When a Loved One Dies

Dave's picture

This topic most of us would like to (and do) ignore until we face it head-on.  What is the topic? The death of a loved one and it’s up to you to make or guide the decisions dealing with the passing.  What could be worse, you are faced with these somber issues while grieving your loss.  Maybe this can help.  It’s a list of 13 steps to following to ease you through this process.  The source of this list is the October 2012 issue of Consumer Reports.  Please refer to the article for the details as this article will just hit the highlights. Their website is consumerreports.org.  The steps span ten days, and are broken down into three categories; Immediately, Within a few days after death, and Up to 10 days after death.

Immediately

  1. Get legal pronouncement of death.  If a doctor is not available, contact someone who can.
  • If the loved one dies at home under hospice care, call the hospice nurse.
  • If the loved one dies at home without hospice care, call 911.  If you know there is a “do not resuscitate” document, have it ready.  Without the DNR, paramedics will generally start emergency procedures and transport the loved one to an emergency room where a doctor can make the declaration.
  1. Arrange transportation of the body.  That can generally be done by a mortuary if an autopsy is not needed.
  2. Notify the deceased doctor or the county coroner.
  3. Notify the close family members and friends.  Ask them to tell others.
  4. Take care of dependents and pets.
  5. Call the employer of the loved one if he or she was working.  Make sure benefits and any compensation issues are addressed.

Within a few days after death

  1. Make funeral arrangements.  Determine burial or cremation.  Is there a prepaid burial plan?  Create the obituary.
  2. Is the person a veteran or belonged to a fraternal organization?  If yes, contact them, it may have benefits.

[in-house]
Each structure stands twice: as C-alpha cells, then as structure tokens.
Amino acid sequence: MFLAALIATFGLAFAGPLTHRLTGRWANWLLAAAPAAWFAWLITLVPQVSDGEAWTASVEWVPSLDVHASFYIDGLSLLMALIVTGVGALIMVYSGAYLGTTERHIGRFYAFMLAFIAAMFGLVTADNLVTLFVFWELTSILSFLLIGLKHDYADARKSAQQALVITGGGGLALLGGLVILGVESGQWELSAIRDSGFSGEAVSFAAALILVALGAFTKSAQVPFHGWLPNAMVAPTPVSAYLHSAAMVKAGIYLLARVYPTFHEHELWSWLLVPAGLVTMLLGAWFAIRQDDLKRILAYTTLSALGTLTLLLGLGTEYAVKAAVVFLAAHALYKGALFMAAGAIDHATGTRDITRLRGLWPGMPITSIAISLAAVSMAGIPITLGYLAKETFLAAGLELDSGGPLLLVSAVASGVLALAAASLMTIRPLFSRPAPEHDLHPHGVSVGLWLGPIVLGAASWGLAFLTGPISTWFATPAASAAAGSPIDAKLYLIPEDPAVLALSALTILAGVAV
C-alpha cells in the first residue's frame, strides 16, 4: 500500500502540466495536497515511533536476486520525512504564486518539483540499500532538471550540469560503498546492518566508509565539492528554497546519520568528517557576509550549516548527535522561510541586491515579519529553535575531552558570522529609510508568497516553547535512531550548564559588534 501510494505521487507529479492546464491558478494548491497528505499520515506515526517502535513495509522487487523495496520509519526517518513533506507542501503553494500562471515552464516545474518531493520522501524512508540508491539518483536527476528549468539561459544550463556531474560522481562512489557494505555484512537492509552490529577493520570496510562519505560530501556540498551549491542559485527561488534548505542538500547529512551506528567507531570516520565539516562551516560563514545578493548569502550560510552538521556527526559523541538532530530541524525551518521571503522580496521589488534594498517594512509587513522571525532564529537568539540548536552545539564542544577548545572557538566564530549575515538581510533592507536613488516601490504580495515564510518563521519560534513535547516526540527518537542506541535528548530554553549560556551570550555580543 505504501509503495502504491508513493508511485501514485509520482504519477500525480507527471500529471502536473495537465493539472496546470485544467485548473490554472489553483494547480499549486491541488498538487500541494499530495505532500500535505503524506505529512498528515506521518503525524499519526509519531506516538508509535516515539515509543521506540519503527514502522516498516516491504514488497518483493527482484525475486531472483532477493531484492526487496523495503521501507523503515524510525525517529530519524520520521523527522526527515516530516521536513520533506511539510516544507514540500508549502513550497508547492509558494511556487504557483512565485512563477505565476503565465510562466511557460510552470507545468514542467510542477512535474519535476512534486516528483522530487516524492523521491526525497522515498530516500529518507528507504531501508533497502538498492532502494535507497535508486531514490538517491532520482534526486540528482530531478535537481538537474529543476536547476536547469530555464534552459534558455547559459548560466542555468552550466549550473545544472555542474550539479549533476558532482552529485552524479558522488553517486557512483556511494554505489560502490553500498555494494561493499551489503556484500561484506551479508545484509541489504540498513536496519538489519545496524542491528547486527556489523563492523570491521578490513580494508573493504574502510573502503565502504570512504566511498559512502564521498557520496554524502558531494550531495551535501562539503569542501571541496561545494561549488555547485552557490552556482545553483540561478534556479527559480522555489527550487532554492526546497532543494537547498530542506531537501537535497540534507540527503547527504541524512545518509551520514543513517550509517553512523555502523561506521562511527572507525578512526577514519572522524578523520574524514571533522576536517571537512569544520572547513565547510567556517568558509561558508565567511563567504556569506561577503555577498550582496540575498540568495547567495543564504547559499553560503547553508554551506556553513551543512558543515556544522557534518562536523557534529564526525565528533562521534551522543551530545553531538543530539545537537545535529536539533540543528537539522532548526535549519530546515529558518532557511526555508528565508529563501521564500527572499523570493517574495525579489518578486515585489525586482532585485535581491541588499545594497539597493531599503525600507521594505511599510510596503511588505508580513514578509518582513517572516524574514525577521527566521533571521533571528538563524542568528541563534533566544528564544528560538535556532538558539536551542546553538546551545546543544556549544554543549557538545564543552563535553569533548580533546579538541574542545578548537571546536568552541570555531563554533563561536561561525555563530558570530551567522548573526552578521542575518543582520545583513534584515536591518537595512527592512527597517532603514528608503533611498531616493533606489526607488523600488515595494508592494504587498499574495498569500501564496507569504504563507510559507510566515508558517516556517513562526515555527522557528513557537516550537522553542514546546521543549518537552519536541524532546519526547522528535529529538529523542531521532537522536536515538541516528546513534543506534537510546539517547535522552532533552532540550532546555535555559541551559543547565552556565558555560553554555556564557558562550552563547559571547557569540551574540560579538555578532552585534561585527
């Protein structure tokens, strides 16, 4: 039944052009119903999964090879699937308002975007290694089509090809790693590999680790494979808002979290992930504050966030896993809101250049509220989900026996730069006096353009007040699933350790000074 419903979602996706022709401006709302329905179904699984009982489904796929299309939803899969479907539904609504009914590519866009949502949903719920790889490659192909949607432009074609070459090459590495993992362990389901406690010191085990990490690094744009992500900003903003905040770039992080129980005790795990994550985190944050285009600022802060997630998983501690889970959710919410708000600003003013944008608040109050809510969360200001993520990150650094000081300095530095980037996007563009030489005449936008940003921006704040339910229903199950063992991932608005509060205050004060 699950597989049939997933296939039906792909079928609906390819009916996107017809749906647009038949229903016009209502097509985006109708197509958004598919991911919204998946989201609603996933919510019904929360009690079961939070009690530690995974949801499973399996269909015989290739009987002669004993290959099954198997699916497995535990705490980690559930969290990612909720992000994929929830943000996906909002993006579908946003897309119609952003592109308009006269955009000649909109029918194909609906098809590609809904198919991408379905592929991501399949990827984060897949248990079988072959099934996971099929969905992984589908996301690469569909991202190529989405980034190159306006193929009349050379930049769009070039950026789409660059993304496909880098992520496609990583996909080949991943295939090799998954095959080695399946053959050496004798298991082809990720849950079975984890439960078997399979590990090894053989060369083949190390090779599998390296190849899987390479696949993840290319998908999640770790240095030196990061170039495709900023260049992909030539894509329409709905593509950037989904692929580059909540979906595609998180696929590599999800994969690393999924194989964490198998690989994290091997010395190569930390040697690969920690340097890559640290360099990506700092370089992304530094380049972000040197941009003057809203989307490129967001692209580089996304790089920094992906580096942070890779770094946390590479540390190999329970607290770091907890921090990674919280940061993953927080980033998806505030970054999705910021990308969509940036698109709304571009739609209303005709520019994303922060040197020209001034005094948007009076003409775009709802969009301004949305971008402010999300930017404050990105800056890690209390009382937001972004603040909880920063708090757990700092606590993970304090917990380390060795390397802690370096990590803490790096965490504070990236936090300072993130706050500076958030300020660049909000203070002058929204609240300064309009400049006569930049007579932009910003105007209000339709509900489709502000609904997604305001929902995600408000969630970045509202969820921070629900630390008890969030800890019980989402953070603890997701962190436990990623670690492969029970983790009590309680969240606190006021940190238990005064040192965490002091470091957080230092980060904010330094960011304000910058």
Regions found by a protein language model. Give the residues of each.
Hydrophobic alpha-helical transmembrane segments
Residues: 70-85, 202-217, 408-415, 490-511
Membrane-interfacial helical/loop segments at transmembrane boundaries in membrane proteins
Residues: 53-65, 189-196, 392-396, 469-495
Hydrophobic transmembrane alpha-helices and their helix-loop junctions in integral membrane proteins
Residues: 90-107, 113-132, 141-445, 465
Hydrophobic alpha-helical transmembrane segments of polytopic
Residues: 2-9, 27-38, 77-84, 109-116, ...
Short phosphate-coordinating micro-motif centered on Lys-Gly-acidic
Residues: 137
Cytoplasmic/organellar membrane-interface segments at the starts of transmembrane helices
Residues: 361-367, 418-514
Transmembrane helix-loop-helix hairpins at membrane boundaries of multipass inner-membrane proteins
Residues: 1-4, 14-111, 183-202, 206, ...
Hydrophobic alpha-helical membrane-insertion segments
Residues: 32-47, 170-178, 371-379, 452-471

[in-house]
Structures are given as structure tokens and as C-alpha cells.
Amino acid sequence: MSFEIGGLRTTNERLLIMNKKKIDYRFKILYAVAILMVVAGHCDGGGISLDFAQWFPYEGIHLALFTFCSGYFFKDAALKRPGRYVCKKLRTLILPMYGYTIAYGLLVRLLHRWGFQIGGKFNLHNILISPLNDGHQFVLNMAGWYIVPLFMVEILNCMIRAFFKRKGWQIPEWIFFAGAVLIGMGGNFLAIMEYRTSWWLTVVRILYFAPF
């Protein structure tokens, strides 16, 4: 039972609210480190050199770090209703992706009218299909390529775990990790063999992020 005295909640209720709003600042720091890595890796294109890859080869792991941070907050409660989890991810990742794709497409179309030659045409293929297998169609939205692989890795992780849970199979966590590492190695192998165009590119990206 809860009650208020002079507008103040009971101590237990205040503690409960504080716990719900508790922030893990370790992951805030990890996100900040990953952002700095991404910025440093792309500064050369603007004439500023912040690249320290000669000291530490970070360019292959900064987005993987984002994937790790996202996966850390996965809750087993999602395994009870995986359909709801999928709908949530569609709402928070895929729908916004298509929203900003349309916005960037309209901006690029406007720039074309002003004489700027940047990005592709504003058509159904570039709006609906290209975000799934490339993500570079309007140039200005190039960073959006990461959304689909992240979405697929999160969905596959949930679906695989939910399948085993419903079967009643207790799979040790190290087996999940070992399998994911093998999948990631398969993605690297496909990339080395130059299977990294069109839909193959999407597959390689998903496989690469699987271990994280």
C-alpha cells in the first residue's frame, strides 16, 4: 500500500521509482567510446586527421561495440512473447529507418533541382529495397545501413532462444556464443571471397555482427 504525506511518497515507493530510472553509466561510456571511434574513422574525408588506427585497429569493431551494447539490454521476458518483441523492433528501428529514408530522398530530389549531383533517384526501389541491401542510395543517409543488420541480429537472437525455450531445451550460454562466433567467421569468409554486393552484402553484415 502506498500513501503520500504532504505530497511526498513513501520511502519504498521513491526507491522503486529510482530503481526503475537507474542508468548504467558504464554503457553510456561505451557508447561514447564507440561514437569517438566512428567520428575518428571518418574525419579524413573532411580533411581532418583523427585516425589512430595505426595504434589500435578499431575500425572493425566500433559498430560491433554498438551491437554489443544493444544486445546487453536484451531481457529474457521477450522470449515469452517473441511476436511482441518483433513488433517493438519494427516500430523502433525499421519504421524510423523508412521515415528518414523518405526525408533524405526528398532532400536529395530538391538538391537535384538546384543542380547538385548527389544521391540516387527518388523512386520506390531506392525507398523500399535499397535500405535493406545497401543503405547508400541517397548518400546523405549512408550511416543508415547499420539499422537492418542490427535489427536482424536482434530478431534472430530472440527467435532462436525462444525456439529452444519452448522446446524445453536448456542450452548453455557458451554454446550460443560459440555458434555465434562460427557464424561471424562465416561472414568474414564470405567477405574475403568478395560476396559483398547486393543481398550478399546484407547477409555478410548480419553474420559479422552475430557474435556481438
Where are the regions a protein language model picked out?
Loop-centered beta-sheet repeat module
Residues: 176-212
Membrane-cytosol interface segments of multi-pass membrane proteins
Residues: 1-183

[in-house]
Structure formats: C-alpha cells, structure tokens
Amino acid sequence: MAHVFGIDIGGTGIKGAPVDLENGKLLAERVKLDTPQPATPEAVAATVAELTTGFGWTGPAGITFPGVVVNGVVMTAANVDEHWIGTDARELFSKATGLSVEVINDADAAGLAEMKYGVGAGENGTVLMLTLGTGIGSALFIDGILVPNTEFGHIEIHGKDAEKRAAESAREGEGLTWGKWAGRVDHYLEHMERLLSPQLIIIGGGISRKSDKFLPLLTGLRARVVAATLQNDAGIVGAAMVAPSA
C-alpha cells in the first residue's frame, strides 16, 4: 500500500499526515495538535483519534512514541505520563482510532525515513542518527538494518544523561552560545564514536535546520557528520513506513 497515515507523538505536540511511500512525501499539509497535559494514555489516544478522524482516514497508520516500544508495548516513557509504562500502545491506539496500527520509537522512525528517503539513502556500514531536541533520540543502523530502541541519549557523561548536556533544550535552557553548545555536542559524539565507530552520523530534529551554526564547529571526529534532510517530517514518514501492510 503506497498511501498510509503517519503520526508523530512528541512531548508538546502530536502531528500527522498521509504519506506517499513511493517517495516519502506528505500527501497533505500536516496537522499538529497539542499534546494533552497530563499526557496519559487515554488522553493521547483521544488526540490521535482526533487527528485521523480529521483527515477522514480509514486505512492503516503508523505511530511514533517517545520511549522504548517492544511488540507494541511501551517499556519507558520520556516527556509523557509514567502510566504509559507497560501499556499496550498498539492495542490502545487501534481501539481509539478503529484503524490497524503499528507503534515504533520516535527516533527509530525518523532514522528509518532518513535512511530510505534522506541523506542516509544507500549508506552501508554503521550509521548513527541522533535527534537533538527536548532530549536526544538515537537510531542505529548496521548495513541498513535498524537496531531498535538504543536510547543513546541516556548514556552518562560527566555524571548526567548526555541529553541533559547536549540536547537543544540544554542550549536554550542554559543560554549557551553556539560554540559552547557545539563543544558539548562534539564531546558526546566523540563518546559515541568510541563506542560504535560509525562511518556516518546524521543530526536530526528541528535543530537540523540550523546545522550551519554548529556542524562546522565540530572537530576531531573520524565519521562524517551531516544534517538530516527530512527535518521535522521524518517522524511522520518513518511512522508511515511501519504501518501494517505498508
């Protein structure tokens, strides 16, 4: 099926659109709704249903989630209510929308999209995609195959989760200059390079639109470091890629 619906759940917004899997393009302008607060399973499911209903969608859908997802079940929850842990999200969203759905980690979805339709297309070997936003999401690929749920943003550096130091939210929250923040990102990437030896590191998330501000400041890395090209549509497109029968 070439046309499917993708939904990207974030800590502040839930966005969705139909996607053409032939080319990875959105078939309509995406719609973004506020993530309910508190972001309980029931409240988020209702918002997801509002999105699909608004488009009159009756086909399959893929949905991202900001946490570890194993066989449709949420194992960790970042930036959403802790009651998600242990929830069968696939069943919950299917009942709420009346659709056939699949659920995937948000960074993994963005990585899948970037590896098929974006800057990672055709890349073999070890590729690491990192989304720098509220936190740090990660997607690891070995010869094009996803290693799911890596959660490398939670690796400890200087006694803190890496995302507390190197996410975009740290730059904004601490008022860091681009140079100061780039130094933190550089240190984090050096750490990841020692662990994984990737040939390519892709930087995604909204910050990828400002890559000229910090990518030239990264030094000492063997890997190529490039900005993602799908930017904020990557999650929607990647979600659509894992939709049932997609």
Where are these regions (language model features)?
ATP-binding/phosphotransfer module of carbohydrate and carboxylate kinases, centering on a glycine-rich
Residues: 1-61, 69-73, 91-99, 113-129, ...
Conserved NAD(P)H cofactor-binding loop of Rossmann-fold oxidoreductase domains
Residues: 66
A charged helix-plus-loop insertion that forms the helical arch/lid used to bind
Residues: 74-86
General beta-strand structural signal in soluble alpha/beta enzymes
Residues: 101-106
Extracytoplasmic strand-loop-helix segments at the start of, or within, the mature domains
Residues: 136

3. Take care of the person’s home.  Arrange for someone to keep watch over the home, collect the mail, water the plants, etc.

Up to 10 days after death

  1. Get death certificates.  The funeral home can provide them.  Make sure you get several copies.  They will be needed when dealing with banks, insurance companies, and government agencies.
  2. Take the will to county or city office so it accepted for probate.
  3. If needed, the executor of the estate should open a bank account for the loved one’s estate.
  4. Contact the following:
  • Attorney.  They can deal with the transfer of assets and probate issues.
  • Police.  Periodically check on the vacant house.
  • Accountant or tax preparer.  Determine if any final income-tax returns need to be prepared.
  • Investment advisor.  Gather information on any financial holdings.
  • Bank.  Accounts and safe deposit boxes.
  • Life insurance agents.  Ask for claim forms.
  • Social Security (800-772-1213; socialsecurity.gov) and other agencies from which the deceased received benefits.  Payments need to be stopped.
  • Pension service agencies.  Stop payments and ask for claim forms.
  • Utility companies to change or stop service.
  • Postal Service to stop or forward mail.

Those are the items to consider when a loved one dies.  You may want to take care of these steps beforehand, create a check list, and ask a loved one or close friend to hold onto it so your wishes are respected when your time comes.  Speaking of wishes, if you have an elderly relative or friend, it would make sense to find out what their wishes are, somethings to consider are:

  • Know where the important documents are.  These include will, certificates (birth, marriage, and divorce), Social Security information, life insurance, financial documents, and safe deposit key.
  • Ask the person about their wishes about funeral arrangements, burial or cremation, and organ donations.
  • Have the person complete an advance directive including a living will.  The person should appoint a health-care proxy to make medical decisions if the person cannot make them for themselves.
  • Have a “do not resuscitate” order drawn-up if the person so desires.
  • Insure the person gives copies of these documents to his or her doctor and family members and friends.

rChance hopes this helps when facing these difficult issues at a difficult time.  Again, please refer to the October 2012 issue of Consumer Reports to fill in the specifics. 

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